After California’s landmark “sanctuary state” law limited police from collaborating with federal immigration agents, one legislator wants to prevent local government from doing business with companies that he says play a role in the Trump administration’s “deportation machine.”
Legislation introduced Friday by Assemblyman Rob Bonta (D-Alameda) would prohibit cities and counties across the state from entering into new contracts with any company that sells, mines or analyzes personal information for U.S. Immigration and Customs Enforcement or U.S. Customs and Border Protection.
Bonta said he plans to expand the bill to include all federal immigration agencies and move to bar the state from signing contracts with companies that do business with them. But he argues the proposal will still be narrow enough in scope to prevent only deals with companies that collect data, provide support to immigrant detention facilities or engage in so-called extreme vetting programs, such as enhanced pre-screening or background checks.
“It is a way to put our public dollars where our values are,” Bonta said. “It is a way of putting pressure on vendors. They can decide to change their behavior or lose our business.”
The move could set off another clash with President Trump, who is already battling the state over its immigration policies and this month announced plans to cancel $929 million in grant funds for its high-speed rail project.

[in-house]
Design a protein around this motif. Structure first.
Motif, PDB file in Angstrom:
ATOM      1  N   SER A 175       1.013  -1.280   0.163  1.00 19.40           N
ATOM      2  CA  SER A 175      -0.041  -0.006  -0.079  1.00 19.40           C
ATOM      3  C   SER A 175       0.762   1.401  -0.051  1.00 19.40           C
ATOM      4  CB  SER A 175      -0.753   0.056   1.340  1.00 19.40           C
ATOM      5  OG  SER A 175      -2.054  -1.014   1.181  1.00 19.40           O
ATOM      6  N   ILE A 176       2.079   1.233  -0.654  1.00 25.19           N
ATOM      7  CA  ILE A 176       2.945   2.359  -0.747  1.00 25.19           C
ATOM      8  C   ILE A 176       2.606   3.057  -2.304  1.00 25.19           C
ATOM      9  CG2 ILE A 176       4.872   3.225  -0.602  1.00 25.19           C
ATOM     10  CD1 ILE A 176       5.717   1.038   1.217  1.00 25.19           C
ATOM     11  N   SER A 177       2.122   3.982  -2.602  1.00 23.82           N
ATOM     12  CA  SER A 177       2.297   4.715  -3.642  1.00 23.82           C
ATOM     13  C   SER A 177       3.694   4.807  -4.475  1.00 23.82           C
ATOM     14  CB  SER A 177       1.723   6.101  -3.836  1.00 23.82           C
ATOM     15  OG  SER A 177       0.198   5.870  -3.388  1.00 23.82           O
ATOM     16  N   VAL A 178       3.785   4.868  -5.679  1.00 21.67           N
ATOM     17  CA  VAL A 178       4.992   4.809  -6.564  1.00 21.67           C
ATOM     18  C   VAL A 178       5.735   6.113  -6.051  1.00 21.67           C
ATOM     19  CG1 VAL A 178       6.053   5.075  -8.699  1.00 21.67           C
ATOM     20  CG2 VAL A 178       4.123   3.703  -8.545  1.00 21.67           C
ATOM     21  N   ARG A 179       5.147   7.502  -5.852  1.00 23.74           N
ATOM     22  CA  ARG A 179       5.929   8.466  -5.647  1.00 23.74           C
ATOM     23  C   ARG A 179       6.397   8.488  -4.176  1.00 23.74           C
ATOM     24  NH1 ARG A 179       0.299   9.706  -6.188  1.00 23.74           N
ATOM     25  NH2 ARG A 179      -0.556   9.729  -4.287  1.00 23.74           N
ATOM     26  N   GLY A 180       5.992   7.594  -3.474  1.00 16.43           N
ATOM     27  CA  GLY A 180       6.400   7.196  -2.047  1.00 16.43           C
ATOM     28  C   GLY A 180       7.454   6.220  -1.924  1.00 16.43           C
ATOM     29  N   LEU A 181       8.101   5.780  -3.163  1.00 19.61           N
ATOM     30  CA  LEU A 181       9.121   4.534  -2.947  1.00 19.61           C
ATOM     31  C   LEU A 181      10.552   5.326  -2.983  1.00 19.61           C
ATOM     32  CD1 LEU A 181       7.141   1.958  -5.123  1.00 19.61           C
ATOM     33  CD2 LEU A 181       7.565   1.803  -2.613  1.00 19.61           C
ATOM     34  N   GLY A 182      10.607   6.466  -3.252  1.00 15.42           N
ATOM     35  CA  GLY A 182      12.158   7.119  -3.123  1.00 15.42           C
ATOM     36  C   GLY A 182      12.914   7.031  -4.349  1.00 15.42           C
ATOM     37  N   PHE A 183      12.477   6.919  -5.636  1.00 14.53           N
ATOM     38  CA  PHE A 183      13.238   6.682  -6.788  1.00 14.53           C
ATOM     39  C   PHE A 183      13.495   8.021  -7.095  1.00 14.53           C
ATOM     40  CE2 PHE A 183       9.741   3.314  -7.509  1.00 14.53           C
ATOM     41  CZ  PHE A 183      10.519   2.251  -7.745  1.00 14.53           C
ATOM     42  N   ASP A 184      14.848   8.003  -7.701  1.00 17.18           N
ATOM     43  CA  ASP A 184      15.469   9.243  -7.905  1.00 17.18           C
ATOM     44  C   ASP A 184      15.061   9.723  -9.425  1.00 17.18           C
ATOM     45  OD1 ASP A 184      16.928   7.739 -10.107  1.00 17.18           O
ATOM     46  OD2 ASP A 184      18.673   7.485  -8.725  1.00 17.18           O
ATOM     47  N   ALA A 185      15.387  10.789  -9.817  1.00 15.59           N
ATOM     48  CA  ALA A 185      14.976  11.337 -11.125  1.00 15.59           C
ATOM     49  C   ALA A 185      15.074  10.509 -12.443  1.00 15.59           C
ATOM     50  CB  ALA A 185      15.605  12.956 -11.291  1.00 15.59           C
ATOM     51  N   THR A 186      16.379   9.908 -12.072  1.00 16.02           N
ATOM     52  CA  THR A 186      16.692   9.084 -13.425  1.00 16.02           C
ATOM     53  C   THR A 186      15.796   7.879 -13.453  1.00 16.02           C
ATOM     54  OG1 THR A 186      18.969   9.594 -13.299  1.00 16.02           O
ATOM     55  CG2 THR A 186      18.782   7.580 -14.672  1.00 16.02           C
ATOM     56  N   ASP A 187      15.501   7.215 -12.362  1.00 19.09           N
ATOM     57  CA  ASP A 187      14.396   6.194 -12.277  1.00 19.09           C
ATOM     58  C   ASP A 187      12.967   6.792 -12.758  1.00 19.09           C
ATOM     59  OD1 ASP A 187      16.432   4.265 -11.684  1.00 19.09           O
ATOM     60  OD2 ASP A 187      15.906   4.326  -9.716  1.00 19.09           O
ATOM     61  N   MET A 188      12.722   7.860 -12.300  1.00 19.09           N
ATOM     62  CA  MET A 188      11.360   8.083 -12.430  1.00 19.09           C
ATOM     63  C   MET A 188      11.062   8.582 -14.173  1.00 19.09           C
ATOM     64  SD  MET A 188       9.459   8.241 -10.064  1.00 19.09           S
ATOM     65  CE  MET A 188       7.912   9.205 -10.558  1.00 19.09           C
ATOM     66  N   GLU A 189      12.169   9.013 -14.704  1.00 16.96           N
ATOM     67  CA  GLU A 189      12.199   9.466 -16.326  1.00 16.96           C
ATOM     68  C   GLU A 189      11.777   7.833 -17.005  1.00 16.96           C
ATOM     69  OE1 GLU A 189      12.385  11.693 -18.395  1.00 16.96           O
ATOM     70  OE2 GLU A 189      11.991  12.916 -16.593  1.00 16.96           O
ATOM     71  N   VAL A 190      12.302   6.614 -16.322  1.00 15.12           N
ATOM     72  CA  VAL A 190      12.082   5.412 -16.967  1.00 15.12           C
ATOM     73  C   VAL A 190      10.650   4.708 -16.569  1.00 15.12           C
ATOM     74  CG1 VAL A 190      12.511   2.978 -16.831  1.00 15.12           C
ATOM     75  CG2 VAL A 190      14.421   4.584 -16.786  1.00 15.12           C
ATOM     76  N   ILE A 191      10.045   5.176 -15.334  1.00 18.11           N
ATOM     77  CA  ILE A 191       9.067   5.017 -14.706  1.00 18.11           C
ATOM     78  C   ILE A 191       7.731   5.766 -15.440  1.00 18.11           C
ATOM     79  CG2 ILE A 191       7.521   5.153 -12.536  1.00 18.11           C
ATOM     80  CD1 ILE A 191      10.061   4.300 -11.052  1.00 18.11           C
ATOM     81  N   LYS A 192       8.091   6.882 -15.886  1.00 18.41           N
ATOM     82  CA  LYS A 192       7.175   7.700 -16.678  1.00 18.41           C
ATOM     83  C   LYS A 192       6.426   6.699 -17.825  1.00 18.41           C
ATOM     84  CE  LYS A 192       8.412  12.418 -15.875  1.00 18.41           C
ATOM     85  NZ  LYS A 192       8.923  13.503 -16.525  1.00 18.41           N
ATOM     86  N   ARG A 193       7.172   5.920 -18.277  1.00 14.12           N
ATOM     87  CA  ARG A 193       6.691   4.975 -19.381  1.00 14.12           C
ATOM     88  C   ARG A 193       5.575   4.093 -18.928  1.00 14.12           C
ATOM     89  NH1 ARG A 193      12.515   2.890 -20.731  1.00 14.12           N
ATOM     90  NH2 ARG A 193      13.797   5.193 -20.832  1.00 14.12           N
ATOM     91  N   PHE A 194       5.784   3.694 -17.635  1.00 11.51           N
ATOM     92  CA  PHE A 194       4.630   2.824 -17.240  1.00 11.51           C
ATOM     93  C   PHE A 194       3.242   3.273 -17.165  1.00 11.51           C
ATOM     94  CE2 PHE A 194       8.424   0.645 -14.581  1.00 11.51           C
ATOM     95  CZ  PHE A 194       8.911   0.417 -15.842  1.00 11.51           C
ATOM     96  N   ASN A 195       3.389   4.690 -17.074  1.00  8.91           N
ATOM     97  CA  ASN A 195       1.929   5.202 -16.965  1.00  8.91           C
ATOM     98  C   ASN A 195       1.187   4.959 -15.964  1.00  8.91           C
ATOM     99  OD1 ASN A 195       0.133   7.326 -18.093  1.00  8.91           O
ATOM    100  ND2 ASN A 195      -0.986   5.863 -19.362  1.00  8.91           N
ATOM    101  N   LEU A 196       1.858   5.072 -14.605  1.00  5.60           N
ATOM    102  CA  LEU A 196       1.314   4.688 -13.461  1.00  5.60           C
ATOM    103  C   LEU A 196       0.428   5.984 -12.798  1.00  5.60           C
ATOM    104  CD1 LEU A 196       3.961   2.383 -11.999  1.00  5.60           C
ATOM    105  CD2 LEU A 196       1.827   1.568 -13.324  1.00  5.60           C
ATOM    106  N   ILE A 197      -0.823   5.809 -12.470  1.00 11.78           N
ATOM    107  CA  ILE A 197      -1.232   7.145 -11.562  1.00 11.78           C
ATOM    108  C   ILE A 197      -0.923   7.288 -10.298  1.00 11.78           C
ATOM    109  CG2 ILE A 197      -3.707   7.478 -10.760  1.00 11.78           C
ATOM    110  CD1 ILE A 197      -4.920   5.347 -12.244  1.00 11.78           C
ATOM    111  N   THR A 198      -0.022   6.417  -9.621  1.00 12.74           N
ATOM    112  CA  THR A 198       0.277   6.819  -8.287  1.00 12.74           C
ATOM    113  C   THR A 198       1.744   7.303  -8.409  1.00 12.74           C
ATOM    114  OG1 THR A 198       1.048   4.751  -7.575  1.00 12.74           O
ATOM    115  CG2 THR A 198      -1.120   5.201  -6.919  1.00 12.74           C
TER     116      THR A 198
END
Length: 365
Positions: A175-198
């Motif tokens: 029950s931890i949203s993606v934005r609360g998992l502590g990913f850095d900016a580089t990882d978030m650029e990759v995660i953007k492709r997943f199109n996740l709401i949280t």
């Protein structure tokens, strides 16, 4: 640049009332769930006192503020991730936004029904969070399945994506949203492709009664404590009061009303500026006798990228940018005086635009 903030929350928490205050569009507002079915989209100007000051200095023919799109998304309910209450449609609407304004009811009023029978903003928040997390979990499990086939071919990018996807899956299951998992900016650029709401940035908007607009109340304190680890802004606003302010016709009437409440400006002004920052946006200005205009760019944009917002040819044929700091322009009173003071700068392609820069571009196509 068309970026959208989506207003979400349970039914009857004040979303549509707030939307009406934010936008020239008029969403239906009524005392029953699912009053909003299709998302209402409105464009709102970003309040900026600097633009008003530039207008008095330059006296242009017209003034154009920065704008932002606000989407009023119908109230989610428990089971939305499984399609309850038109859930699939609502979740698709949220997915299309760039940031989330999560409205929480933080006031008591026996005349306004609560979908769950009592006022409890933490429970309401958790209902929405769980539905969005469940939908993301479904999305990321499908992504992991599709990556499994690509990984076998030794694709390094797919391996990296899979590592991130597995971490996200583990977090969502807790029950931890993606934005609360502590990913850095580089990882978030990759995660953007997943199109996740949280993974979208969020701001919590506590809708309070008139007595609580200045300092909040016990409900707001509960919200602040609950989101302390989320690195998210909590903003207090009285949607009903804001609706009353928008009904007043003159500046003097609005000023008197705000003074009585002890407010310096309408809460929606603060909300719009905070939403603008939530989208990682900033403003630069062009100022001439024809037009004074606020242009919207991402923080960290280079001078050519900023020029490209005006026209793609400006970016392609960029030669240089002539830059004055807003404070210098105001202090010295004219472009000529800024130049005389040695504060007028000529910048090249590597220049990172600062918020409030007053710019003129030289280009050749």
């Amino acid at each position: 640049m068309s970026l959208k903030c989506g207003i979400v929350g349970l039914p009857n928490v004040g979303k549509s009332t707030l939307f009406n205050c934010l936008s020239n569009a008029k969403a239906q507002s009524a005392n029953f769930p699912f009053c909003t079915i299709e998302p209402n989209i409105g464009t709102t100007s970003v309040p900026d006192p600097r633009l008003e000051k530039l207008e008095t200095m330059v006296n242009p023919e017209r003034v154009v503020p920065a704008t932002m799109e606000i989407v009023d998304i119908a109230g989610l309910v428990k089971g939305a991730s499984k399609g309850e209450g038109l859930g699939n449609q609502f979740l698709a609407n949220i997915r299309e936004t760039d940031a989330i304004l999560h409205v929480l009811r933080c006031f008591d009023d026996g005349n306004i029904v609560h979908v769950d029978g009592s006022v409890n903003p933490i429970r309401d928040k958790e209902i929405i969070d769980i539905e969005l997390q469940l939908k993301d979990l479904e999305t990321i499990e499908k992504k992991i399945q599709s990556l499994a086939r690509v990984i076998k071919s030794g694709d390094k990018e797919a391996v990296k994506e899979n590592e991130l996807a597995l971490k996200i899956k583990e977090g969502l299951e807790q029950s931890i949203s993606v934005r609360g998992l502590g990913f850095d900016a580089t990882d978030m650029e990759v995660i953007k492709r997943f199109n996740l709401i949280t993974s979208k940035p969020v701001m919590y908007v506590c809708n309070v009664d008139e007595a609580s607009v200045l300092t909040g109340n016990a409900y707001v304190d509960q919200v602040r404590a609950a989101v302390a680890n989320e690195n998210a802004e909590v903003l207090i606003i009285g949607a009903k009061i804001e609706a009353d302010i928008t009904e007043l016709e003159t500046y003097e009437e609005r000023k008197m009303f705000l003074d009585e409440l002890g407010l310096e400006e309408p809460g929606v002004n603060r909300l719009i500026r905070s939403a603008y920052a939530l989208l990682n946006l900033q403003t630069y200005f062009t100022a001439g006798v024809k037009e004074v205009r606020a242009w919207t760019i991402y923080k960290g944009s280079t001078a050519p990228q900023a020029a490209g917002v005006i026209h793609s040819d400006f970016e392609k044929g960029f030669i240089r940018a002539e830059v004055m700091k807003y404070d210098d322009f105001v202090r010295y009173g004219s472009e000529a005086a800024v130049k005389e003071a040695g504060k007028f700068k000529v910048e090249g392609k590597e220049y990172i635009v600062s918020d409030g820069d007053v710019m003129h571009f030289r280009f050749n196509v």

Bonta’s legislation follows national protests to defund or abolish ICE, for which momentum began building last summer as the Trump administration sparked outcry over the separations of migrant families at the southern border with Mexico.
Tech companies, including Microsoft and Salesforce, have faced mounting pressure to end their business with federal immigration agencies, and criticism over contracts that provide data processing powered by artificial intelligence, facial recognition technology and software to scrub data across social media platforms.
Assembly Bill 1332, the Sanctuary State Contracting and Investment Act, would prevent cities and counties from signing new contracts, extending old ones or investing in the stocks, bonds or securities of companies that work with federal immigration agencies. It tasks the California Department of Justice with investigating violations, each of which could carry a civil penalty of up to $5,000.